Dr. Sam Bauer, Turf Specialist at the University of Minnesota, recommends spring fertilization of lawns when the lawn is actively growing (mid-May to early June). Using a weed and feed product in early spring up may just end up wasting the fertilizer portion. The still dormant lawn will not take up the fertilizer and you risk losing nutrients by leaching or runoff into the nearest waterway. This spring, the weather has been too cold for much active lawn growth yet. If you do use an herbicide/fertilizer combination, look for one with slow- release rather than fast-releasing nitrogen. 

There are post-emergent herbicides (such as dithiopyr, quinclorac or fenoxaprop) for crabgrass control that work best when the crabgrass is still young and has not developed more than one or two sprouts (tillers) at its center. If you have just a small amount of crabgrass, spot treat it with herbicide or remove by hand weeding before the plants start producing seed. Consider over-seeding those bare spots in late August to mid-September with good quality lawn grass. Late in the season is the optimal time to establish our cool season grasses, since new grass seedlings do not have to face the blazing summer sun nor the competition from spring-sprouting annual weeds. 

One of the best ways to combat crabgrass is to establish a thick, lush lawn and maintain it well. One of the biggest errors in lawn care is mowing too low. Mowing low forces the lawn to replace leaves, rather than directing its energy into deep root development. Most of us are not trying to turn our beautiful lawns into putting greens. If you mow higher (at 3”), the lawn will establish a good root system resistant to droughts and will shade out crabgrass and other weeds. Water your lawn less frequently, but when you do, water it deeply so that water penetrates to at least 6 inches deep. Monitor rainfall amounts. Frequent, light watering will encourage a shallow root system and will stress your lawn during drought.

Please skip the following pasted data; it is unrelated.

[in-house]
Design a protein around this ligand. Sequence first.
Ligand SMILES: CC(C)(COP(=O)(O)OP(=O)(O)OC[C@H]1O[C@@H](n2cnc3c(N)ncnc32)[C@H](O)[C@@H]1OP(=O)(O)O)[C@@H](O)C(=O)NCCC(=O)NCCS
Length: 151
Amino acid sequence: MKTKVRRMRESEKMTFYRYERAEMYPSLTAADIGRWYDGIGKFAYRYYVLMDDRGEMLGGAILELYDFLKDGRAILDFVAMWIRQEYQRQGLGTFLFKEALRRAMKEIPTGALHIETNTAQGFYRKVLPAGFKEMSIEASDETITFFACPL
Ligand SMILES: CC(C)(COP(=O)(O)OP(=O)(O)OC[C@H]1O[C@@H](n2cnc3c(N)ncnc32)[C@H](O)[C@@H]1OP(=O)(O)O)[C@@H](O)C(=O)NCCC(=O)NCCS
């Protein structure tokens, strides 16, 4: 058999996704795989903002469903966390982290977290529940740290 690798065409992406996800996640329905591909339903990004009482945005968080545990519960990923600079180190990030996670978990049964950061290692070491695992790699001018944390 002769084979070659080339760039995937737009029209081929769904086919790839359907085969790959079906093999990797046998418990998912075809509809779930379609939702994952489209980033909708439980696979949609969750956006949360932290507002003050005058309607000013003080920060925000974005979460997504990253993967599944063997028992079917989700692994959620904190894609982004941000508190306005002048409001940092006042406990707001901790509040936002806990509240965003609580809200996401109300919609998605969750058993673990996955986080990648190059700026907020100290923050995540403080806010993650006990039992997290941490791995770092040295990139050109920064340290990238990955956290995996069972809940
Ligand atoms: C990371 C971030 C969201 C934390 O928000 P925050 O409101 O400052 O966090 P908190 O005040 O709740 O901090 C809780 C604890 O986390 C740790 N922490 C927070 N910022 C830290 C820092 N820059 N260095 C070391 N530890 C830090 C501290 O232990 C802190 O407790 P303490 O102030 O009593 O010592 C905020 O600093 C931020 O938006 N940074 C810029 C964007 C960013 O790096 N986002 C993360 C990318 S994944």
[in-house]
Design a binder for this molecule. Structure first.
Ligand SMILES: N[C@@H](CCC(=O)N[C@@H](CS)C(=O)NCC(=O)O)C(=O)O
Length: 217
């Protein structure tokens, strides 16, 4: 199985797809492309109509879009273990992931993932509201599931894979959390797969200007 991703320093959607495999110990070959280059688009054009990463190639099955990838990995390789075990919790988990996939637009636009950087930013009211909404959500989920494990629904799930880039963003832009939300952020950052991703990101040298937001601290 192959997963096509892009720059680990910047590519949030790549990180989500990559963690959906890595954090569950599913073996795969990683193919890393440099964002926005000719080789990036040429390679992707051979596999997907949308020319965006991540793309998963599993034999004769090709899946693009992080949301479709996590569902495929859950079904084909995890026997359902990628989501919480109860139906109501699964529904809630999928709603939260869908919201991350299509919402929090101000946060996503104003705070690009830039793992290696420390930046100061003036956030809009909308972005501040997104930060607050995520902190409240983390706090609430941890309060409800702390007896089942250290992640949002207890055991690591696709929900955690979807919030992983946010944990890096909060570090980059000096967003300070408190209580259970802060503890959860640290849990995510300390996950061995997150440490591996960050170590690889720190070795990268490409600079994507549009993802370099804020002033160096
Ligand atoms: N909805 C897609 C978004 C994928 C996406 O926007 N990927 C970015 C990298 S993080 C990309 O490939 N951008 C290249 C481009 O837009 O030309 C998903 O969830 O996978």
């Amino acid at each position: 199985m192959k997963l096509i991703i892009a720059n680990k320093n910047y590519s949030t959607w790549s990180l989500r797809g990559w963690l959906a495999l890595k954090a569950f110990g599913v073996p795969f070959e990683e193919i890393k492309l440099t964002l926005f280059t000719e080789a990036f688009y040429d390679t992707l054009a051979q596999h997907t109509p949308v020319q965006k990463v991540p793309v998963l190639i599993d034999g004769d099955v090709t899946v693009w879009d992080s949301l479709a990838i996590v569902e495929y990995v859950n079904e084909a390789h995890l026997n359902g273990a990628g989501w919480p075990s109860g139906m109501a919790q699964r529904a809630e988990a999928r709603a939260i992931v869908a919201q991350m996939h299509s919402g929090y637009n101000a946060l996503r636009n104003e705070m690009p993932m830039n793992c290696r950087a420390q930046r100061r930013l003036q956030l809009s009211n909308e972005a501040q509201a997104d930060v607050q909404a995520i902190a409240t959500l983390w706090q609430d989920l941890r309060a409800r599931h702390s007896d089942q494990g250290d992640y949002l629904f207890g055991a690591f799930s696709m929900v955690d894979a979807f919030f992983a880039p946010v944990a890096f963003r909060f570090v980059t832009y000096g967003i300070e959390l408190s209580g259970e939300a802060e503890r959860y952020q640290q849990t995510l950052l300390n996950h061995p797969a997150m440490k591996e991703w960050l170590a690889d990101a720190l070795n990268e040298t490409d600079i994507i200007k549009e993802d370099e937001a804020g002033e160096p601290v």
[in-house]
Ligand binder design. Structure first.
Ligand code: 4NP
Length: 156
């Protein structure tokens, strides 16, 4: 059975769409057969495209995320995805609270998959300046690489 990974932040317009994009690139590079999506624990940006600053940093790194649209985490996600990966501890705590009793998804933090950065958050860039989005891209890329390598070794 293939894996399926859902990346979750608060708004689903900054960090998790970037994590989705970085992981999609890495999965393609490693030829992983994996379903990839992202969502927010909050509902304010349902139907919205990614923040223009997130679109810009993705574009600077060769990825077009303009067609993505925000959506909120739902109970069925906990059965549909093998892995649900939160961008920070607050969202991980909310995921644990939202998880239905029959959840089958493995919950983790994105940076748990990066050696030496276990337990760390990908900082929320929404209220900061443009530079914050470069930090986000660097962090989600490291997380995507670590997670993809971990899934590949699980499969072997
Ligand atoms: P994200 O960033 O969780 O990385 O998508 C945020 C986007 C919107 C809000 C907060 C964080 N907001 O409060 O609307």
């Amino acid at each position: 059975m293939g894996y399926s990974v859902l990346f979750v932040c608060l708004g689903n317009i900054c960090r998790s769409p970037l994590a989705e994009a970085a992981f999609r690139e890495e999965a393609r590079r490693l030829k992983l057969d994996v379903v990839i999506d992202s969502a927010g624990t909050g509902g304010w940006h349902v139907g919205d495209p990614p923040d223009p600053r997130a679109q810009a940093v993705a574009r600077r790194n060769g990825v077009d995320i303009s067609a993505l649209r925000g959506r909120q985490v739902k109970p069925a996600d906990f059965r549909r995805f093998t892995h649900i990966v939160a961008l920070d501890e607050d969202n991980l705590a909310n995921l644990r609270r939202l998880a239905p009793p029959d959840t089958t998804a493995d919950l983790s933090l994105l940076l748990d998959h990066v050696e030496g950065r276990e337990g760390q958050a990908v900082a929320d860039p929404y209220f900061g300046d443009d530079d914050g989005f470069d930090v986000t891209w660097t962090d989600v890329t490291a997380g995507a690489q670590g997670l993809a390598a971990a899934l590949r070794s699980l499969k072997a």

You may have to mow more often or maybe even less often; look at your lawn growth and then decide when to mow. Don’t stick to a rigid schedule; monitor the lawn growth to see if it is long enough to mow. Make sure to keep your mower blade sharp, so that it cuts rather than tears the lawn. Remove no more than one third of the lawn height at any one time. Use a mulching mower to return clippings to the soil and to provide some nutrients and organic material for the lawn. Make sure that the grass is dry when you mow. Mowing in the evening is best; the grass will recover better overnight than in hot sun. Mow in different directions each mowing time to develop a nice even lawn. 

If you have been giving your lawn plenty of intelligent, tender loving care, you may not need to apply an herbicide to your lawn at all. 

Be sure to check the University of Minnesota web site for more information, www.extension.umn.edu. Type “crabgrass” into their search box and you will become a crabgrass expert. Also check out “lawn care” for the very best information on lawns in Minnesota. Here’s hoping that you win the never-ending war with crabgrass and end up with the nicest lawn in your neighborhood. 

Happy Gardening, 

Joe Baltrukonis